Miami Marlins Morning Catch: Introducing the Marlin Maniac Podcast!


We have some great news out of Marlin Maniac! We have a podcast now! Now, not only can you read our insight on the team, but you can also listen to our writers talk about the Miami Marlins.

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Our podcast is called FishCast

Our first podcast happened Monday night. The hosts of the show were our two writers Dillon Murrell, myself, and Jay Ramos. We brought great insight on the Miami Marlins new manager and where the team can go from here.

You can watch our first show here:

We will have a live show every Sunday night at 8 PM Eastern Time. If you can’t catch the show live we will have a link for it after the show so you can watch. Most of our writers will be on the show every week.

Our goal for the podcast is to bring out our voice to talk about the Miami Marlins. We will be covering the latest news, review the week of baseball the team has played, and preview the next.

We hope soon this podcast gets bigger and we plan to have special guests on the show at some point.

We want the fans to get involved as well, before every podcast we will tweet from our account (@MarlinManiac) to see if the viewers have any questions or suggestions on what to talk about.

Don’t have a Twitter but still want to get involved?

Well you can email us your questions all week! Send emails to We will do our best to answer all questions.

Make sure to follow the main hosts’ accounts

Jay Ramos – @Jay1Ramos

Mike Sonbeek@dutchbeek

Dillon Murrell@dilscorner

Ehsan Kassim@Ehsan_Kassim (Senior Editor)

Travis Honeycutt – @CaptnHyperbole (Co-Editor)

Miami Marlins News Around the Web:

Marlins manager change: Jeffrey Loria still impeding team stability

Michael Jong, Fishstripes

Did it surprise anyone that Mike Redmond received a contract extension late last September in large part because the Miami Marlins had overachieved in an expected down year? Redmond was somehow credited for a superstar, MVP-caliber healthy season from Giancarlo Stanton and the best young outfield trio in baseball coming together nicely. While Redmond likely had something to do with the team’s success, the casual reader probably figured owner Jeffrey Loria saw the 78-win season and thought back to his expectations before the year and made an emotional decision to commit to Redmond.

So it almost certainly did not surprise anyone that, after the Marlins entered 2015 as dark-horse Wild Card contenders and struggled to a 3-10 record out of the gate, the rumors quickly began flying about Redmond’s job status. Never mind the recent extension and the implied strong vote of confidence. If you begin the season poorly and you were expected to do well, Loria has little patience for your efforts. (Read More Here)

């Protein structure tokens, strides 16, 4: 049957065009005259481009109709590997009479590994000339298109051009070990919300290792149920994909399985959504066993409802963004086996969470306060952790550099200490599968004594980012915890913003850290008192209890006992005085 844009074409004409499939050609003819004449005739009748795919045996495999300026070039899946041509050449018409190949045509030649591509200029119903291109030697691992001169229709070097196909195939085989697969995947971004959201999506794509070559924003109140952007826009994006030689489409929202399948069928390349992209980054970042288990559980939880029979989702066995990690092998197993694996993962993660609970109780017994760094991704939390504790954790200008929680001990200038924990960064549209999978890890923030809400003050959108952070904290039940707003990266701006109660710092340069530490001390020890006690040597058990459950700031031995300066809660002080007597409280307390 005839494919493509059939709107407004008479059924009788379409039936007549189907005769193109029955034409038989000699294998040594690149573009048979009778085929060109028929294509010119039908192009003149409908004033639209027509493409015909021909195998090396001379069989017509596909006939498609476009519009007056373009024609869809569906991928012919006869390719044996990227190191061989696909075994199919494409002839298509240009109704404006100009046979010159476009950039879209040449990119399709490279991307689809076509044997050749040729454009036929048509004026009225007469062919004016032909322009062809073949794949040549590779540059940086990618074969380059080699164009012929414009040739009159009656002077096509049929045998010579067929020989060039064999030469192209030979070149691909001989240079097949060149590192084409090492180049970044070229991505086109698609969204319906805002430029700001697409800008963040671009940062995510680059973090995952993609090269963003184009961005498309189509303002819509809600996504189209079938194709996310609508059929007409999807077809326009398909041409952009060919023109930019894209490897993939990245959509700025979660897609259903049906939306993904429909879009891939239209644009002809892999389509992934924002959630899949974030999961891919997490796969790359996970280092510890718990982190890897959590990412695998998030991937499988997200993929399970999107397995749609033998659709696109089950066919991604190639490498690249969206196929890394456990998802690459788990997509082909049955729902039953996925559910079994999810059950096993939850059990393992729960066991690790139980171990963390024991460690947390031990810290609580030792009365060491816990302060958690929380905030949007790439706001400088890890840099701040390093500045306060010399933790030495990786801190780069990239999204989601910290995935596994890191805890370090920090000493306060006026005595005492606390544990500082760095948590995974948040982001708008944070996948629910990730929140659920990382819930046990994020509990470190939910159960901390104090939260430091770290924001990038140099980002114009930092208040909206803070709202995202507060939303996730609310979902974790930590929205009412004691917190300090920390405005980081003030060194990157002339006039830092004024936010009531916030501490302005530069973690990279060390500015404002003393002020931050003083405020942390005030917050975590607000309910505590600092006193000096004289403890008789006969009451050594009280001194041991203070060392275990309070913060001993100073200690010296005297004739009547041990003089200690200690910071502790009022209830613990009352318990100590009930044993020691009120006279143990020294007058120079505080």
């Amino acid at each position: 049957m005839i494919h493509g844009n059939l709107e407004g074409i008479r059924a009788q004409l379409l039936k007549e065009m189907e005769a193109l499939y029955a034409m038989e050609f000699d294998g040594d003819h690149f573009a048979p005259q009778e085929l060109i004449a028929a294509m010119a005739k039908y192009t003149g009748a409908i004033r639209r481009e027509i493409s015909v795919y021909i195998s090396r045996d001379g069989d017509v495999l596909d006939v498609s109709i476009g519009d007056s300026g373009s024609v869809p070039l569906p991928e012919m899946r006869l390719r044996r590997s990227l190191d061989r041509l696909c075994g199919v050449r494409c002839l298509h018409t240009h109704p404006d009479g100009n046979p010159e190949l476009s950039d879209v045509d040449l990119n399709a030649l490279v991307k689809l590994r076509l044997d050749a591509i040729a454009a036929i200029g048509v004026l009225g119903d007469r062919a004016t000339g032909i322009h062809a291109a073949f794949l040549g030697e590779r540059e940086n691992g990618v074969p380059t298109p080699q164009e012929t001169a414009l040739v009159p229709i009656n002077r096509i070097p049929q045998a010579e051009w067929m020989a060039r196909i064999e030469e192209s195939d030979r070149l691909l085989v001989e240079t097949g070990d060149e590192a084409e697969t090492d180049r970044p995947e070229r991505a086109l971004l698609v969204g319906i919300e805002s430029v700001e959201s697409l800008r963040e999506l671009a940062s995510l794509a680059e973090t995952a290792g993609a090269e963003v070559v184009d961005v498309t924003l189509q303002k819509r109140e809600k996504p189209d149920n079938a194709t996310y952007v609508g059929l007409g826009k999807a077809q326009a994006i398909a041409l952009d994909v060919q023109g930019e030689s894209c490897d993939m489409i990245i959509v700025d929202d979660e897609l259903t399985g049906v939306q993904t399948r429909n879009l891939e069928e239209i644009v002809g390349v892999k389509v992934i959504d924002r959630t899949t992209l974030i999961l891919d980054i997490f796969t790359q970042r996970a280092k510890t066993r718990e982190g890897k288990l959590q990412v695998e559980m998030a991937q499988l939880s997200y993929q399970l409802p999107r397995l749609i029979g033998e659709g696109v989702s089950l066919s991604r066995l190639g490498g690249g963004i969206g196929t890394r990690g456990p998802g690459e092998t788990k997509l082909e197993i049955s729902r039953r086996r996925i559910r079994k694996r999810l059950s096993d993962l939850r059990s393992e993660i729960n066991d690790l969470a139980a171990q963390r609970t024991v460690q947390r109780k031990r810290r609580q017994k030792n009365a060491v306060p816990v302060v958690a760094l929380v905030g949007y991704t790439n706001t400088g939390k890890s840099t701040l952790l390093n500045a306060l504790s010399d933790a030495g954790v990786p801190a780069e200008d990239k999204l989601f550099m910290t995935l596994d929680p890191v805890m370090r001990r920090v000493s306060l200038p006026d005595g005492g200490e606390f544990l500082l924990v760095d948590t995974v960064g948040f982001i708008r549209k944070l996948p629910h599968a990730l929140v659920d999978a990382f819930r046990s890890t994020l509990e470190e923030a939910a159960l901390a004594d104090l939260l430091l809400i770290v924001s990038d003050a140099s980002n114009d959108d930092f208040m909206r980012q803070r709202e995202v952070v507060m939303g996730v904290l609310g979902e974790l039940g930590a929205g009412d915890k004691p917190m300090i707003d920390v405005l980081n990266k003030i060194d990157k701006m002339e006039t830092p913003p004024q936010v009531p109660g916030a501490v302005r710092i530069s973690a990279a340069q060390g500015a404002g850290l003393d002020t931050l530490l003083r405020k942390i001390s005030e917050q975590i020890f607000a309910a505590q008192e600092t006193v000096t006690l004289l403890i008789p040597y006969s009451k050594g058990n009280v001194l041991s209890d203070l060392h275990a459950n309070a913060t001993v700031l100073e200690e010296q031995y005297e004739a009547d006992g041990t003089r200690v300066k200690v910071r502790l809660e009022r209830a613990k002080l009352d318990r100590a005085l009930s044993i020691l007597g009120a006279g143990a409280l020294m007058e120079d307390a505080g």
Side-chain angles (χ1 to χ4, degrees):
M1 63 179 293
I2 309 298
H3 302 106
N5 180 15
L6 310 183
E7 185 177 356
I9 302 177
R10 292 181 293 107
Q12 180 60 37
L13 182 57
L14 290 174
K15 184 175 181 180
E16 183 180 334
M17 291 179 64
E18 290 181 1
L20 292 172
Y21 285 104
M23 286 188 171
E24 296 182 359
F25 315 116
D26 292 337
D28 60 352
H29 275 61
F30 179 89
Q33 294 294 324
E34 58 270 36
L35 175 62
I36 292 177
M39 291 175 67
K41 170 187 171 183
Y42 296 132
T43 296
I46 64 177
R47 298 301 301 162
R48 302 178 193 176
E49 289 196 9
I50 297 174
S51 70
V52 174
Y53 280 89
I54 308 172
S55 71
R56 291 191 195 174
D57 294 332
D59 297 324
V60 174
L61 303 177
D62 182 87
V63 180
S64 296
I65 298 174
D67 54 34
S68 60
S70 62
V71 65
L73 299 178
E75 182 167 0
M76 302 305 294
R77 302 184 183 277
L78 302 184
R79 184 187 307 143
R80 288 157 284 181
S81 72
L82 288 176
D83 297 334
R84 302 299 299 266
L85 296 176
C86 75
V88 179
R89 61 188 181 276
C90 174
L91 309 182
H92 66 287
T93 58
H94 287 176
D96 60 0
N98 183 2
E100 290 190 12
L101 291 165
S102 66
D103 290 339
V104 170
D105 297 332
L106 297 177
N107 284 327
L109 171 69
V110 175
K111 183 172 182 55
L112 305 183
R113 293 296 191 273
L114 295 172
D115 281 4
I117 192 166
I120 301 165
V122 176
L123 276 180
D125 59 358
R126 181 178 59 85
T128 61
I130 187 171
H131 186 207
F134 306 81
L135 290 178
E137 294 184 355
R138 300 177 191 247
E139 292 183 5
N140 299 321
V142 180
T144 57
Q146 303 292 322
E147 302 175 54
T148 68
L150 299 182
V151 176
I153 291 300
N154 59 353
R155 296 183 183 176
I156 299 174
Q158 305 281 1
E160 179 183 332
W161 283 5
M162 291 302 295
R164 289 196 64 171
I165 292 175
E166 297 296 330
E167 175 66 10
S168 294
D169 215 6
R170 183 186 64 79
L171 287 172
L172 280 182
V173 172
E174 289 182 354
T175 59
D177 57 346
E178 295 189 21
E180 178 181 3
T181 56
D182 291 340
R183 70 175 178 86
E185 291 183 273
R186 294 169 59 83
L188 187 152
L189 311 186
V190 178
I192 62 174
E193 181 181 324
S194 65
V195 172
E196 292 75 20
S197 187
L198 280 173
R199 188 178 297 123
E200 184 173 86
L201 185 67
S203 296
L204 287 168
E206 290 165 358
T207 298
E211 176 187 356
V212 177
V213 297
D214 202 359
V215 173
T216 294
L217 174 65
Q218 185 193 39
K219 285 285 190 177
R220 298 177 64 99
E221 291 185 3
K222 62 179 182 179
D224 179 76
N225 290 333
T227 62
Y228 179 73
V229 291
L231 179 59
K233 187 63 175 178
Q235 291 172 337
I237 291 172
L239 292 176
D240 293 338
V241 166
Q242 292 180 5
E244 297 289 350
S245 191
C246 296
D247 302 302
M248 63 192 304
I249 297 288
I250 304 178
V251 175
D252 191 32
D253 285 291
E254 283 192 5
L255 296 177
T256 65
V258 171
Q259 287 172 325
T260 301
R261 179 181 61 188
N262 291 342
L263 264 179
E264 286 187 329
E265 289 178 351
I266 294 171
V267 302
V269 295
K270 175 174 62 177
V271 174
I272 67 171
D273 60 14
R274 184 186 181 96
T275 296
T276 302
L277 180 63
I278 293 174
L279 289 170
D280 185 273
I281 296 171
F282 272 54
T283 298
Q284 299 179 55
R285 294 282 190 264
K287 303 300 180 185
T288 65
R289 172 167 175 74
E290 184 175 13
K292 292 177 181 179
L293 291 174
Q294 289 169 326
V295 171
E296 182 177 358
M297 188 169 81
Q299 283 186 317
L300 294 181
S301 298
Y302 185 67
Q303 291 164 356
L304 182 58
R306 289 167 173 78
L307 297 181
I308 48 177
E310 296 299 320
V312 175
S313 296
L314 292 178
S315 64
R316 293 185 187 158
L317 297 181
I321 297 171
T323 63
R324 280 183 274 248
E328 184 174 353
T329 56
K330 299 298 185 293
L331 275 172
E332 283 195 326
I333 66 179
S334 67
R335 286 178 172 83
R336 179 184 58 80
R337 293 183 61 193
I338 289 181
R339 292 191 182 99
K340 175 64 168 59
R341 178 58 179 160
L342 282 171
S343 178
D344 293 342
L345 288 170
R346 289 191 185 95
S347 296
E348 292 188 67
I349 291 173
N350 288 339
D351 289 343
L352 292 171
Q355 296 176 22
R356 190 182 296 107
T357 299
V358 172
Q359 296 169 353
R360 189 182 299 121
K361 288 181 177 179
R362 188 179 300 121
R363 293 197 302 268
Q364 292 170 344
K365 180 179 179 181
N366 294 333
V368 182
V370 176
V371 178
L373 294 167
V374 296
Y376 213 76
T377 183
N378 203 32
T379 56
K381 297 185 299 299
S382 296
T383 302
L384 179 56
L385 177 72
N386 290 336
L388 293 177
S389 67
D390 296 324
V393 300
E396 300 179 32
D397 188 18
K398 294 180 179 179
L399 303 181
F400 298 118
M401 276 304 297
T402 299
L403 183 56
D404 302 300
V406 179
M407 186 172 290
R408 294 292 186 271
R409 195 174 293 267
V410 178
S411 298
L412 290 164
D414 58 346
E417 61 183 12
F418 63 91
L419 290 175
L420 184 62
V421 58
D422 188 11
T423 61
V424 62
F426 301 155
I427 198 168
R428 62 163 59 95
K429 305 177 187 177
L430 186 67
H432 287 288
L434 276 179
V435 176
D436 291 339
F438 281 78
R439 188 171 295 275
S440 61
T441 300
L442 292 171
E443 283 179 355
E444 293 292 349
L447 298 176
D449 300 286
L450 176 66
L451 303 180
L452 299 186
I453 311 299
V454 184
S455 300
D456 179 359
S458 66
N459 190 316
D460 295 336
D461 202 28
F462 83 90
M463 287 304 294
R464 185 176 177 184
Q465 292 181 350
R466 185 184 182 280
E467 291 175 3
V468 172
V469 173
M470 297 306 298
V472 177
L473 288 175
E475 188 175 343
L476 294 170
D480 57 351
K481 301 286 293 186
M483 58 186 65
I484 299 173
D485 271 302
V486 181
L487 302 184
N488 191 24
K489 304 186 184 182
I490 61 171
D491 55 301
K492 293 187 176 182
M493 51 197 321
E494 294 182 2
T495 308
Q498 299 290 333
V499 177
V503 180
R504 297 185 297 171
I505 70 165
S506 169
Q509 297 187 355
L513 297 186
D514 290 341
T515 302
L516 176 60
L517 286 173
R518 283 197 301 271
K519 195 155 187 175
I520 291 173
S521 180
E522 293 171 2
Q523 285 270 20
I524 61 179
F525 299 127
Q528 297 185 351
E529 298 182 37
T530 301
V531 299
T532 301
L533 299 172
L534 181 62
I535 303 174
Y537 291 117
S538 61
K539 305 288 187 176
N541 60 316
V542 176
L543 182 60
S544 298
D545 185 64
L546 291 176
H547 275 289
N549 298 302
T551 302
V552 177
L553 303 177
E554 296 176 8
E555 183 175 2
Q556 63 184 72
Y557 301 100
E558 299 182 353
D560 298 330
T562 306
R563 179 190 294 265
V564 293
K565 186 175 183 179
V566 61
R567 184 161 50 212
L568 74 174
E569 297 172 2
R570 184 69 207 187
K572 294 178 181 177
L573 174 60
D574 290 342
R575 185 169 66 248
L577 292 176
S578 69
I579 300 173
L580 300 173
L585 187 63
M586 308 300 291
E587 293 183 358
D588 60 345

Brian Kenny, Sports on Earth

So, everyone is seemingly outraged by the Miami Marlins naming their GM Dan Jennings as manager. My pal Ken Rosenthal is calling it “an insult,” writing that it’s “a slap at every person qualified to be a major-league manager.” I’ve also seen the move described as “bizarre,” “impetuous” and “terrible.” It seems most think a guy who has spent years in the front office couldn’t possibly have the ability to manage.

Has everyone lost their minds?

This is the same mindset that kept baseball in the dark ages for decades: thinking that the skills required for managing a baseball team are the exclusive territory of those who played Major League baseball, and that the game can’t possibly be understood by someone who didn’t. (Read More Here)

The Marlins, Managers, and the Changing Game

Dave Cameron, Fangraphs

On Sunday, the Marlins fired manager Mike Redmond. It’s what teams do when they find themselves performing worse than expected, even if expectations of contention were probably less realistic than the hype would have suggested. The manager is the fall guy when things go badly, though, and things are going badly in Miami, so Redmond was shown the door. It’s how baseball works, especially baseball in Miami, and Redmond certainly knew what he was signing up for when he took the job.

On Monday, though, things took a turn away from the norm. Instead of promoting a minor league manager, or one of the team’s remaining coaches, or even turning to a former player who was being groomed as a manager-of-the-future, the Marlins just put their General Manager in charge of the clubhouse. Dan Jennings, the guy who built this roster, is now tasked with trying to turn it into a winner on the field. After years of ranting that analytical GMs were undermining the value of the manager’s role, it turns out to be an old-school scout who is going to try to run everything all at once. The irony is delicious. (Read More Here)


Andrew Simon, Sports on Earth

Less than two months ago, the Marlins appeared to be a team on the rise. After improving from 62 to 77 wins the previous season, they came into 2015 with their franchise player locked up to a long-term deal and surrounded with new talent. Expectations surged, perhaps unrealistically, and the Fish became a trendy pick to make a postseason run.

More from Marlin Maniac

Of course, real baseball games have a way of interfering quickly.

Miami started 3-11, surged back to .500, then hit another rough patch. After falling to 16-22 on Sunday, the Marlins dismissed manager Mike Redmond. On Monday, they introduced their new skipper, Dan Jennings, a longtime baseball man and the team’s GM since the end of the 2013 season. Jennings has never coached above high school or played professionally, though that doesn’t necessarily mean he can’t do the job capably. (Read More Here)

Next: Is Dan Jennings the Answer?